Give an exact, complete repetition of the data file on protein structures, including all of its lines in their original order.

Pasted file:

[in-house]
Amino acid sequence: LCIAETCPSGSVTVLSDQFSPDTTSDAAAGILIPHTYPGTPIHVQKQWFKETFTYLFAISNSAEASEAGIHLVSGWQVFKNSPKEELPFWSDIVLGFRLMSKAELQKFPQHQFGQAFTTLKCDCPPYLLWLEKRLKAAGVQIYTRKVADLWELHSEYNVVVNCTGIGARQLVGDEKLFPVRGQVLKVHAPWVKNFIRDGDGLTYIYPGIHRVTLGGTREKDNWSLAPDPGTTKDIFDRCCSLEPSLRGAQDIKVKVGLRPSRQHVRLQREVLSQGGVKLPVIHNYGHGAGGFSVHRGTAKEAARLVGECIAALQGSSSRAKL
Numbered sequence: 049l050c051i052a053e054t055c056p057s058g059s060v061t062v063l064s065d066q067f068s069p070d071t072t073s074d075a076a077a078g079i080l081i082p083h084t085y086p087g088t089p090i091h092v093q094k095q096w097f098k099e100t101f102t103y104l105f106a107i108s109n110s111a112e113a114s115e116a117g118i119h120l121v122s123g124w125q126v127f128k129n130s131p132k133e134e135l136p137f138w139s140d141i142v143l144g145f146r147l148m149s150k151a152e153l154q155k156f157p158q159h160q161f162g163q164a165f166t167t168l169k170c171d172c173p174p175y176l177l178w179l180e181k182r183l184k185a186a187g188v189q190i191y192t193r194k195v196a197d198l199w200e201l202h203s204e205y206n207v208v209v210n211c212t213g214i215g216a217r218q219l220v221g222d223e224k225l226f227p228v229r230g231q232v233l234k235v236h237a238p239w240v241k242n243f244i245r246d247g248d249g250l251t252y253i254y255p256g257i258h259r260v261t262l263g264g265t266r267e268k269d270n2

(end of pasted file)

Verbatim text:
[in-house]
Amino acid sequence: LCIAETCPSGSVTVLSDQFSPDTTSDAAAGILIPHTYPGTPIHVQKQWFKETFTYLFAISNSAEASEAGIHLVSGWQVFKNSPKEELPFWSDIVLGFRLMSKAELQKFPQHQFGQAFTTLKCDCPPYLLWLEKRLKAAGVQIYTRKVADLWELHSEYNVVVNCTGIGARQLVGDEKLFPVRGQVLKVHAPWVKNFIRDGDGLTYIYPGIHRVTLGGTREKDNWSLAPDPGTTKDIFDRCCSLEPSLRGAQDIKVKVGLRPSRQHVRLQREVLSQGGVKLPVIHNYGHGAGGFSVHRGTAKEAARLVGECIAALQGSSSRAKL
Numbered sequence: 049l050c051i052a053e054t055c056p057s058g059s060v061t062v063l064s065d066q067f068s069p070d071t072t073s074d075a076a077a078g079i080l081i082p083h084t085y086p087g088t089p090i091h092v093q094k095q096w097f098k099e100t101f102t103y104l105f106a107i108s109n110s111a112e113a114s115e116a117g118i119h120l121v122s123g124w125q126v127f128k129n130s131p132k133e134e135l136p137f138w139s140d141i142v143l144g145f146r147l148m149s150k151a152e153l154q155k156f157p158q159h160q161f162g163q164a165f166t167t168l169k170c171d172c173p174p175y176l177l178w179l180e181k182r183l184k185a186a187g188v189q190i191y192t193r194k195v196a197d198l199w200e201l202h203s204e205y206n207v208v209v210n211c212t213g214i215g216a217r218q219l220v221g222d223e224k225l226f227p228v229r230g231q232v233l234k235v236h237a238p239w240v241k242n243f244i245r246d247g248d249g250l251t252y253i254y255p256g257i258h259r260v261t262l263g264g265t266r267e268k269d270n2